I did not choose to run from the pain of the abuse, nor did I choose to face it. Both happened in their own time, and of their own volition. When I was in denial, when asked about anything about "it," I denied, denied, denied that it had any effect on me whatsoever. My brain ignored it; put it away in a safe place until I was strong enough, old enough, worldly enough to start putting it in perspective.

On the outside, during denial, I appeared a happy-go-lucky optimist. I thought myself forthright, opinionated, loved children, music and animals. Deeply devoted to my family, a hard worker who sought to improve situations. I thought NO ONE KNEW, but deep inside, I felt like a fraud. Don't get me wrong, I felt love, but I never felt loved.

Now that I'm no longer in denial, I live in the real world, and it is a much uglier, lonelier place than denial was, but what I feel is real. When I am able to accept the love of a friend, my first thought is not, "WHY would she/he do that for me?" My first reach is usually not for suspicion.

All of that may sound paradoxical. My dream world of denial was filled with people and activities of phoniness, to me. Busy busy busy, but I never cried. The real world of real emotion is filled with real risk and an ever-growing acceptance of how things are, rather than of how I want them to be. It's full of real laughter, and real tears. I've lost my family and moved from the region of the world in which I matured.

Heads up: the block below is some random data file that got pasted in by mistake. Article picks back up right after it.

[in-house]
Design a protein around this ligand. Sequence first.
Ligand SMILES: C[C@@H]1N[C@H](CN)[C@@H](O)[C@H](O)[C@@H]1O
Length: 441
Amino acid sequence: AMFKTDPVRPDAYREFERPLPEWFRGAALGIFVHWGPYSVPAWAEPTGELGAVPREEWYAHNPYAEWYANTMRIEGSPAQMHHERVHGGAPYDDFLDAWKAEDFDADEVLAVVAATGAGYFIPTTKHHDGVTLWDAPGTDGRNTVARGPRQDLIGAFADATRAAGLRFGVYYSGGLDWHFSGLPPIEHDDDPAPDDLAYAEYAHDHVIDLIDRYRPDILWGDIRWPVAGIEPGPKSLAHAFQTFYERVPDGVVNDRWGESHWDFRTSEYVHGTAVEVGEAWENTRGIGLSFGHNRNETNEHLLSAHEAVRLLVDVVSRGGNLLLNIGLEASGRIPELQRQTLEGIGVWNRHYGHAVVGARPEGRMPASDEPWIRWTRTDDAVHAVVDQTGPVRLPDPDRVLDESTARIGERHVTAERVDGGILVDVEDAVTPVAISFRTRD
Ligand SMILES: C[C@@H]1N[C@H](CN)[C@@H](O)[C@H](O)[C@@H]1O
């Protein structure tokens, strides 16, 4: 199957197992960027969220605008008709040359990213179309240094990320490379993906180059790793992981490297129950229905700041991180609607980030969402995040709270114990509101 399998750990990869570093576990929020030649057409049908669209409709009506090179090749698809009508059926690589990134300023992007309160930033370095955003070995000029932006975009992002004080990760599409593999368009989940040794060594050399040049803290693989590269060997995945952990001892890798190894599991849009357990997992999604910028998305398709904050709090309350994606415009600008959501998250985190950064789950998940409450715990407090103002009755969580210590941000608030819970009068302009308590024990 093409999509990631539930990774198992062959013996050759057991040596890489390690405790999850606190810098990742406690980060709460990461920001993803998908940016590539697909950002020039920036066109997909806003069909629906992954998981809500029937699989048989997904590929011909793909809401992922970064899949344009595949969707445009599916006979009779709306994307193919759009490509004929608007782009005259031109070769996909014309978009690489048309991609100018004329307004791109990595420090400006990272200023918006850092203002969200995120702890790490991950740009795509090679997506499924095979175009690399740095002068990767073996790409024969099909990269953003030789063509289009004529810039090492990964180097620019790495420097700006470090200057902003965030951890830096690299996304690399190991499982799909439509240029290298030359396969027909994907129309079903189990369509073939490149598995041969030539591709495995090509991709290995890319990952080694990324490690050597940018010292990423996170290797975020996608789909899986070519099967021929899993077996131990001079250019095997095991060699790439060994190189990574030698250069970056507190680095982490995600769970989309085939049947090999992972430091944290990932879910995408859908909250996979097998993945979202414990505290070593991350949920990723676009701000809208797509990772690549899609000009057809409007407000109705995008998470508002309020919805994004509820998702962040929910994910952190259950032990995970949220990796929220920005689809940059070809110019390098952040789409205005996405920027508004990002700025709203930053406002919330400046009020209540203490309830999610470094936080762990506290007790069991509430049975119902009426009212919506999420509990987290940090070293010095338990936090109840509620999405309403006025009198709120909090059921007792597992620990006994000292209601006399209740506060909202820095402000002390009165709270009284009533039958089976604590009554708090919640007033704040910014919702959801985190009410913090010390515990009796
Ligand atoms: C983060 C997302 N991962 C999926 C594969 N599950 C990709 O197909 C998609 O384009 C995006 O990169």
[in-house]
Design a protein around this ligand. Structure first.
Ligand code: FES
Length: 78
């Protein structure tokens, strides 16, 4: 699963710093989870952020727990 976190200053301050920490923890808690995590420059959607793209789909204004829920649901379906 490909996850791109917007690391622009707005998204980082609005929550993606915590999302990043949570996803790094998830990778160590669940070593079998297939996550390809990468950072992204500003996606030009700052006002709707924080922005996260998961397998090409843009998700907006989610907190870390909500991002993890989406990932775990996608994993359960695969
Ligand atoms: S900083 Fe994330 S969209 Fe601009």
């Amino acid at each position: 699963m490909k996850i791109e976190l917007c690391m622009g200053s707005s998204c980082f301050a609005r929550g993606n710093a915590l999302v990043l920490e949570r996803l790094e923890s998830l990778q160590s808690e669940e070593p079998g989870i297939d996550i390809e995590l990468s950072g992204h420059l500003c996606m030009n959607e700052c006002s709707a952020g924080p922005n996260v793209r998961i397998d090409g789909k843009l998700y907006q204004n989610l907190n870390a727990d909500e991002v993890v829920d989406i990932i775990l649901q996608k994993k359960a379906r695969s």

Best/worst of all, for maybe the first time in my life, I can FEEL it. It's frightening, and I'm light-years behind my peers, emotionally. I still go absolutely numb, and sometimes still lose time.

Oddly enough, denial began to crash when some sweet person pointed out that I had interpreted his written word rather than actually reading them, and taking them at face value. I had never been "accused" of that, and there it was, in black and white, UNdeniable, so to speak. The active filters in my mind, - I never even knew they were there. I was a philosophical infant. The lies of omission and evasion were everywhere, and I was shamed by my lack of insight, branding myself a liar.

I'm kinder to myself, now. I know that my "lies" were of those things hidden from me, by mechanisms of self-preservation, and that my life has played out as it will.

There are no real answers in how a person copes with this, and I have heartfelt compassion for your efforts in wanting to help her heal. It is a very big bite, and you are well-advised to learn all that you can before "pushing" the subject with her.

I'd like to add - thanks for caring, thank you for asking. You sound like a loving, gentle soul.
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Bryley
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PostPosted: Sat Feb 05, 2011 10:35 pm    Post subject: Reply with quote